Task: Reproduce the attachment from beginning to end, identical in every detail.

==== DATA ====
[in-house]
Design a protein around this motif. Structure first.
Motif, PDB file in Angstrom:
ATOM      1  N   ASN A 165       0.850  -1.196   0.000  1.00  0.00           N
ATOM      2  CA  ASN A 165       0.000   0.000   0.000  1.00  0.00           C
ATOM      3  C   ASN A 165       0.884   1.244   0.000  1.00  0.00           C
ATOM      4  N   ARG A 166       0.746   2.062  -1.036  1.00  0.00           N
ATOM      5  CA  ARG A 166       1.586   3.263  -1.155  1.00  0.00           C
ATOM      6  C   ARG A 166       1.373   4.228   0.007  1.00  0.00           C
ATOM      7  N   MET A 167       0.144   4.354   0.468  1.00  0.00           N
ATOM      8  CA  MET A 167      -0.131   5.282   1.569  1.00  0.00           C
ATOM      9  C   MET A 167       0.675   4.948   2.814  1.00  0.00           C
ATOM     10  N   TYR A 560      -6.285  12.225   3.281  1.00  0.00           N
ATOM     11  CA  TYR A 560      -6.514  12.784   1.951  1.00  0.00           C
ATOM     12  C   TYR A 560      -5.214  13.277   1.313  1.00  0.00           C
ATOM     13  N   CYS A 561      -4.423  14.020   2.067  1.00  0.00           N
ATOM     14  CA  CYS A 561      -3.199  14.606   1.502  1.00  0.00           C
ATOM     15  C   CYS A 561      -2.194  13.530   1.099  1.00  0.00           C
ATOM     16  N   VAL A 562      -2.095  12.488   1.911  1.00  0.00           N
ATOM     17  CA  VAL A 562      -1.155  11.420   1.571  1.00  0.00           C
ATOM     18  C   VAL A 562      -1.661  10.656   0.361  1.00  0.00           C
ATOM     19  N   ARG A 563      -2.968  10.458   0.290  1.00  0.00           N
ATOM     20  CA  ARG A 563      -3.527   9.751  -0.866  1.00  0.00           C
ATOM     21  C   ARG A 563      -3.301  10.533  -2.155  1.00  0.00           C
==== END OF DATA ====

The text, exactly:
[in-house]
Design a protein around this motif. Structure first.
Motif, PDB file in Angstrom:
ATOM      1  N   ASN A 165       0.850  -1.196   0.000  1.00  0.00           N
ATOM      2  CA  ASN A 165       0.000   0.000   0.000  1.00  0.00           C
ATOM      3  C   ASN A 165       0.884   1.244   0.000  1.00  0.00           C
ATOM      4  N   ARG A 166       0.746   2.062  -1.036  1.00  0.00           N
ATOM      5  CA  ARG A 166       1.586   3.263  -1.155  1.00  0.00           C
ATOM      6  C   ARG A 166       1.373   4.228   0.007  1.00  0.00           C
ATOM      7  N   MET A 167       0.144   4.354   0.468  1.00  0.00           N
ATOM      8  CA  MET A 167      -0.131   5.282   1.569  1.00  0.00           C
ATOM      9  C   MET A 167       0.675   4.948   2.814  1.00  0.00           C
ATOM     10  N   TYR A 560      -6.285  12.225   3.281  1.00  0.00           N
ATOM     11  CA  TYR A 560      -6.514  12.784   1.951  1.00  0.00           C
ATOM     12  C   TYR A 560      -5.214  13.277   1.313  1.00  0.00           C
ATOM     13  N   CYS A 561      -4.423  14.020   2.067  1.00  0.00           N
ATOM     14  CA  CYS A 561      -3.199  14.606   1.502  1.00  0.00           C
ATOM     15  C   CYS A 561      -2.194  13.530   1.099  1.00  0.00           C
ATOM     16  N   VAL A 562      -2.095  12.488   1.911  1.00  0.00           N
ATOM     17  CA  VAL A 562      -1.155  11.420   1.571  1.00  0.00           C
ATOM     18  C   VAL A 562      -1.661  10.656   0.361  1.00  0.00           C
ATOM     19  N   ARG A 563      -2.968  10.458   0.290  1.00  0.00           N
ATOM     20  CA  ARG A 563      -3.527   9.751  -0.866  1.00  0.00           C
ATOM     21  C   ARG A 563      -3.301  10.533  -2.155  1.00  0.00           C